Spinning Silver by Naomi Novik
- Age Range: 12+
- Grade Level: 6-12
- Series: Stand-alone
- Print Length: 465 pages
Spinning Silver is a loose fairy tale retelling of Rumpelstiltskin that weaves together elements of Russian folklore, and Jewish culture to make a book that is so much more than the sum of its parts. I loved it. It easily ranks on my top 10 so far for 2020.
The story follows Miryem. A young Jewish girl who saves her family from freezing and from starvation by taking over her father’s money lending business. Her father isn’t a bad guy, the opposite in fact. He feels so strongly for people and so never asks for repayment, meaning his family, Miryem’s family is starving and freezing through an unusually long cold winter. Miryem saves her family by taking over the business and collecting on the debts owed. A job she turns out to be very good at. Eventually, she catches the eye of the Staryk king for having the talent of turning silver to gold.
Separate but intertwined with Miryem’s story are the lives of two more strong girls, Wanda and Irina.
Wanda is raising her two brothers after her mother’s death and trying to survive the terror caused by an abusive drunk father. When he is unable to pay Miryem, an agreement is struck and Wanda gets to work off his debts.
Irina is a plain and unmemorable daughter of a duke. She gets married off to the Tzar after which her true strength shines. This plain Jane turns into a strong compassionate leader making hard decisions to do what is best for her people.
For me, a good villain can make or break a story. Spinning Silver has several characters I love to hat and for me this is where Novik’s skill truly shines. All of the characters, good and bad, have reasons behind their actions. The villains aren’t just one-sided characters put there to move the story forward. They are people who’ve been dealt a hard hand and are doing the best they can. I don’t always like the choices they make, but I understand why they’ve made it.
The heroes make bad choices, but as Irina says in the book,”I’d chosen- not the lesser evil, but the less immediate one” and that is the best reason for characters to make the wrong choice.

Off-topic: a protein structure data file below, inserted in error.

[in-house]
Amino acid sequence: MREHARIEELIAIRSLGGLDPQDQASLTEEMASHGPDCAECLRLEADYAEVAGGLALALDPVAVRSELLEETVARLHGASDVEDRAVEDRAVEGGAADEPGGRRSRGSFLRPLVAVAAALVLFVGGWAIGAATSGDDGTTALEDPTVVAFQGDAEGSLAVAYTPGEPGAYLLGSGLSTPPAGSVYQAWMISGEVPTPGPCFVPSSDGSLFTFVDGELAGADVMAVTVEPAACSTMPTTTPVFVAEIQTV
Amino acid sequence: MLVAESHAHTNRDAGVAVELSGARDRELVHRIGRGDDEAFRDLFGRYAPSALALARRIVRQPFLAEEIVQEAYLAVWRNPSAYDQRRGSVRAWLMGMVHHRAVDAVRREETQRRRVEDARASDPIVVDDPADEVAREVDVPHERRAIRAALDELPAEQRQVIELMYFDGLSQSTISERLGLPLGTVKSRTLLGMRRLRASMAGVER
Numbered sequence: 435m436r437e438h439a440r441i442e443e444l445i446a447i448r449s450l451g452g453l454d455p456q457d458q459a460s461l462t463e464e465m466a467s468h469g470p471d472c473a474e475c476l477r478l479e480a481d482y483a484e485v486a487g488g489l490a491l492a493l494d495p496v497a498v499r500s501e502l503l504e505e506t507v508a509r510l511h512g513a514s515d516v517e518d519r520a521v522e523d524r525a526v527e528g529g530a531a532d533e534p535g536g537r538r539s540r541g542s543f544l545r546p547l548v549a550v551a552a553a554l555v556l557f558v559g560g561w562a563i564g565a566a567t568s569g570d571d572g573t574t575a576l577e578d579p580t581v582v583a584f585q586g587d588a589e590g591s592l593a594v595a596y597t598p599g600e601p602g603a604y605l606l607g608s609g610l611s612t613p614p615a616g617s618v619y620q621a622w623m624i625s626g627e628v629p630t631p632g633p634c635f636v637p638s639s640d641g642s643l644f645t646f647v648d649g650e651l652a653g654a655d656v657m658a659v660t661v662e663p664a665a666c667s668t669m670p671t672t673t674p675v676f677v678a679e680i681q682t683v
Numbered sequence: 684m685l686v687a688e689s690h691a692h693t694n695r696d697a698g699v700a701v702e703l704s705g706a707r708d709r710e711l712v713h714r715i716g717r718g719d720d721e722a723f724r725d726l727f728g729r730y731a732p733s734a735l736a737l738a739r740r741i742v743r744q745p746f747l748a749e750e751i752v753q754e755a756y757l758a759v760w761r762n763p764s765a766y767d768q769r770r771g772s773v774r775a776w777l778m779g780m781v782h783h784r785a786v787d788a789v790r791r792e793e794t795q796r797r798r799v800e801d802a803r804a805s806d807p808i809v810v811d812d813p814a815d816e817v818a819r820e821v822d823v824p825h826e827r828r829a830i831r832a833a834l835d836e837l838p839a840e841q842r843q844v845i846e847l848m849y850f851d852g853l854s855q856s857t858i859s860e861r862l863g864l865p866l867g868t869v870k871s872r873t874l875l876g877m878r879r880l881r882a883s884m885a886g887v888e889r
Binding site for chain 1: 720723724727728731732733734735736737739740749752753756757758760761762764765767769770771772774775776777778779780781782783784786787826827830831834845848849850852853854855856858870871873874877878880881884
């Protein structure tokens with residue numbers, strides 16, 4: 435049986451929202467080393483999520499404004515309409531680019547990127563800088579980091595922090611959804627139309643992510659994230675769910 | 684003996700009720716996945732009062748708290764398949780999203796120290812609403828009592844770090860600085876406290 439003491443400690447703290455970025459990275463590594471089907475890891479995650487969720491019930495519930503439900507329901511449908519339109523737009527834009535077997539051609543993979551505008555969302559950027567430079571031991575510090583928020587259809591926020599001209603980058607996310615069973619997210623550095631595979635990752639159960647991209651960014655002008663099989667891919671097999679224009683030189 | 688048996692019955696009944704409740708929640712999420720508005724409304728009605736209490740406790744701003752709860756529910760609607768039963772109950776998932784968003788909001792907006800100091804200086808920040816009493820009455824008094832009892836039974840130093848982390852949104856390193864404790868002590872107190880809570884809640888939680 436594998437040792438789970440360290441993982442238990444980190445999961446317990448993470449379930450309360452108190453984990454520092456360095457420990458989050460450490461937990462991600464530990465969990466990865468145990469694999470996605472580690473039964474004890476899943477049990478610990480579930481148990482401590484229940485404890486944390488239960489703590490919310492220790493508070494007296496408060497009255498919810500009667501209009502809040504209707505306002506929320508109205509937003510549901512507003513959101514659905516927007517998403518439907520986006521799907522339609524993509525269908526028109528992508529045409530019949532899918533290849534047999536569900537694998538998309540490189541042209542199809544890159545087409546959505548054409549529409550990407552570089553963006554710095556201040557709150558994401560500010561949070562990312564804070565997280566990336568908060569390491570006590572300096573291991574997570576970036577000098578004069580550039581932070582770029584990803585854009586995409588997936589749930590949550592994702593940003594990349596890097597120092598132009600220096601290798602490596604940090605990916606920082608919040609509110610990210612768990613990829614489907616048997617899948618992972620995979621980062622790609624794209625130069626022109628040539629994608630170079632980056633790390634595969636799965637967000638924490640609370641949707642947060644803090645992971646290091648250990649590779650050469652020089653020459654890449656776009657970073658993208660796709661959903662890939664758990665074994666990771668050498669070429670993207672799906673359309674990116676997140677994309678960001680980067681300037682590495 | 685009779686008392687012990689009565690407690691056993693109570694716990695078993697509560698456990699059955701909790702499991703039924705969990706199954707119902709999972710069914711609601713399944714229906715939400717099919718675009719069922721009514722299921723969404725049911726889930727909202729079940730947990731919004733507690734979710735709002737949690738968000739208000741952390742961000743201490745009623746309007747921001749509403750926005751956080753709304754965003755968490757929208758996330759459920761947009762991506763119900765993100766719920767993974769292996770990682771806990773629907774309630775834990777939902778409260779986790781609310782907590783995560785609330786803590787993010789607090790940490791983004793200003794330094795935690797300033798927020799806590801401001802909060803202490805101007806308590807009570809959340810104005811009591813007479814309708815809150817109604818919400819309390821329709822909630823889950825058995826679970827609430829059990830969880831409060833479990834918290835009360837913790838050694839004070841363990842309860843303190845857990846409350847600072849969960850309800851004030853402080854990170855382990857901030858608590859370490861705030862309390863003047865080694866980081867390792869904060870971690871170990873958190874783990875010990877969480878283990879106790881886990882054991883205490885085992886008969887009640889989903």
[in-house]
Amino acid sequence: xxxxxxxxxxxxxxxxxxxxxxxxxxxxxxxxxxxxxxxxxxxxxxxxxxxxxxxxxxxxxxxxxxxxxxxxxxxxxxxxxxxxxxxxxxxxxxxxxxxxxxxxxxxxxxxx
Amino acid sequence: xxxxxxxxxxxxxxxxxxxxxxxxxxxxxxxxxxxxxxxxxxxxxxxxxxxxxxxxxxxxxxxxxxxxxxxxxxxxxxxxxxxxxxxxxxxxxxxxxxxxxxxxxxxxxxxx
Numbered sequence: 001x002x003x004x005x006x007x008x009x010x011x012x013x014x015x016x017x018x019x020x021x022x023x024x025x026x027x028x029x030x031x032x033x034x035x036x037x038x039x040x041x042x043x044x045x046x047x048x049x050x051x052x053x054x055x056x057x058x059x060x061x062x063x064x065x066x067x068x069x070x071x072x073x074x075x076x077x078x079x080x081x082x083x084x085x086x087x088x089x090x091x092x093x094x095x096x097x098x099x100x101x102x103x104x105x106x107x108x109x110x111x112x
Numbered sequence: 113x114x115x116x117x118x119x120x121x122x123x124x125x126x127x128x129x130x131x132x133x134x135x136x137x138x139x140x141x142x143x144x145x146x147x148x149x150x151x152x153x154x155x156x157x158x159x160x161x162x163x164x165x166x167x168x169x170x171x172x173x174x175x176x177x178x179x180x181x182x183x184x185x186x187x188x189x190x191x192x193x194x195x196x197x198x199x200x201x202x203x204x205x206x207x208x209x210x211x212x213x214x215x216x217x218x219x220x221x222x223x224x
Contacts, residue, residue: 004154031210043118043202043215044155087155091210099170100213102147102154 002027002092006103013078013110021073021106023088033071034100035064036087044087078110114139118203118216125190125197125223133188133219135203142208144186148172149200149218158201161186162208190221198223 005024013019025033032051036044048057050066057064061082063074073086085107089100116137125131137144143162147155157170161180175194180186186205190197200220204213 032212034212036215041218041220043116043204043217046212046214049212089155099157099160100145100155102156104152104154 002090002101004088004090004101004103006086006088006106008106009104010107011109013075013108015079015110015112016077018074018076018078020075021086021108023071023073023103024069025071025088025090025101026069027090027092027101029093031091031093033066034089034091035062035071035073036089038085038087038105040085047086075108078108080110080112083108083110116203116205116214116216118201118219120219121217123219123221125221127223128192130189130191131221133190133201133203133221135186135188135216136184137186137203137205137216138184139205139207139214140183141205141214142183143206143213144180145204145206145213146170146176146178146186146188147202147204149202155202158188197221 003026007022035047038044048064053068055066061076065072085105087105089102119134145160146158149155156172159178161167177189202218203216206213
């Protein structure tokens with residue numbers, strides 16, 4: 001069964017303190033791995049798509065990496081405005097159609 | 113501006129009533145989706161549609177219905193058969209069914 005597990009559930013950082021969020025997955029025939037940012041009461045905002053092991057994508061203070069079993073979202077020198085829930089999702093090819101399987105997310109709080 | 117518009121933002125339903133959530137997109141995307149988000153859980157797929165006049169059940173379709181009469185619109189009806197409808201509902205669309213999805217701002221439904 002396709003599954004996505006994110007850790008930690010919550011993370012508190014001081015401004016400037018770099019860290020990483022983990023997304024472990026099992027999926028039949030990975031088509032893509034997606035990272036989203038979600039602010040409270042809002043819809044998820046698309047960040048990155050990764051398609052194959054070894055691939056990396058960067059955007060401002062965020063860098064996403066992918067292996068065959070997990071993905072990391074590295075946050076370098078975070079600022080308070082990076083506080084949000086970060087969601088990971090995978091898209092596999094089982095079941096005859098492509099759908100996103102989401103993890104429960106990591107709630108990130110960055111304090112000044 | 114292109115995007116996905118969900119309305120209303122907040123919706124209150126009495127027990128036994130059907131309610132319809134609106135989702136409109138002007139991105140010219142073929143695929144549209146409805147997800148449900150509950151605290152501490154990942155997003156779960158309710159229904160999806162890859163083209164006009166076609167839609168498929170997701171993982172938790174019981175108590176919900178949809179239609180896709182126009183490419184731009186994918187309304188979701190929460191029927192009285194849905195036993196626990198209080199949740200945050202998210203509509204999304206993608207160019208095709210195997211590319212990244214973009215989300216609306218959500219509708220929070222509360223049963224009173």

Is this a kids book?
According to the publisher, this book is published as an adult book. There is no recommended age range. I didn’t know this going in. I assumed it was a book aimed at the upper mid-grade level, maybe 7th grade, and I found the difficulty of the text to match that expectation. In terms of reading difficulty, I would have no problems giving it to an advanced 5th grader reader, and certainly no problems once you get into middle school 6-8th grade.
What Makes it a Challenging Read?
Spinning Silver is mostly Miryem’s story. And the book is written with different scenes told from different point of view characters. This in itself is not a hard aspect to understand. The challenging part is that inside each chapter the point of view change is marked by a small symbol between two paragraphs. There is no subtitle telling you whose head you are now in. Knowing this going in, it shouldn’t be a problem. Especially since each character has their own voice and it is pretty easy to tell Wanda scene from a Miryem scene.
After reading level we need to talk about content. I very much ascribe to the notion that kids will absorb what they understand and gloss over what they don’t. Yet we all want to protect our kids from a certain level of adult grittiness.
Technically this book has death, loss of a parent and sibling, physical abuse, alcoholism, accidental murder, and demon possession. None of this is excessive, or graphic. Wanda’s mother dies in childbirth, as does the baby she bore. Wanda’s father is an alcoholic who tries to marry off his daughter for a weekly beer delivery.
None of these topics is spoken of graphicly, or in great detail. They are just stated. This happened. This part of life. Because the negative topics are not focused on they are easy to read past. I don’t like gritty grim-dark gore in my books and felt these topics were presented with sensitivity.
To be completely honest, I would give this book to my daughter when she was in 5th grade without a second thought.
If this book were a movie I’d expect it to be G or PG-13. For reference, recent popular PG-13 movies include The Hunger Games, Jumanji, Star Wars, and most of the Marvel cinematic universe.
;TLDR ⭐️ ⭐️ ⭐️ ⭐️ ⭐️
Spinning Silver is excellent for lovers of fantasy or fairy tales. It is a fairly easy read with the most challenging aspect being changing the POV character between scenes. There is mention of some more graphic elements, but nothing explicit, or dwelled upon. An advanced 5th grader or 6th grader could read the story with ease. 5 stars. Go read it.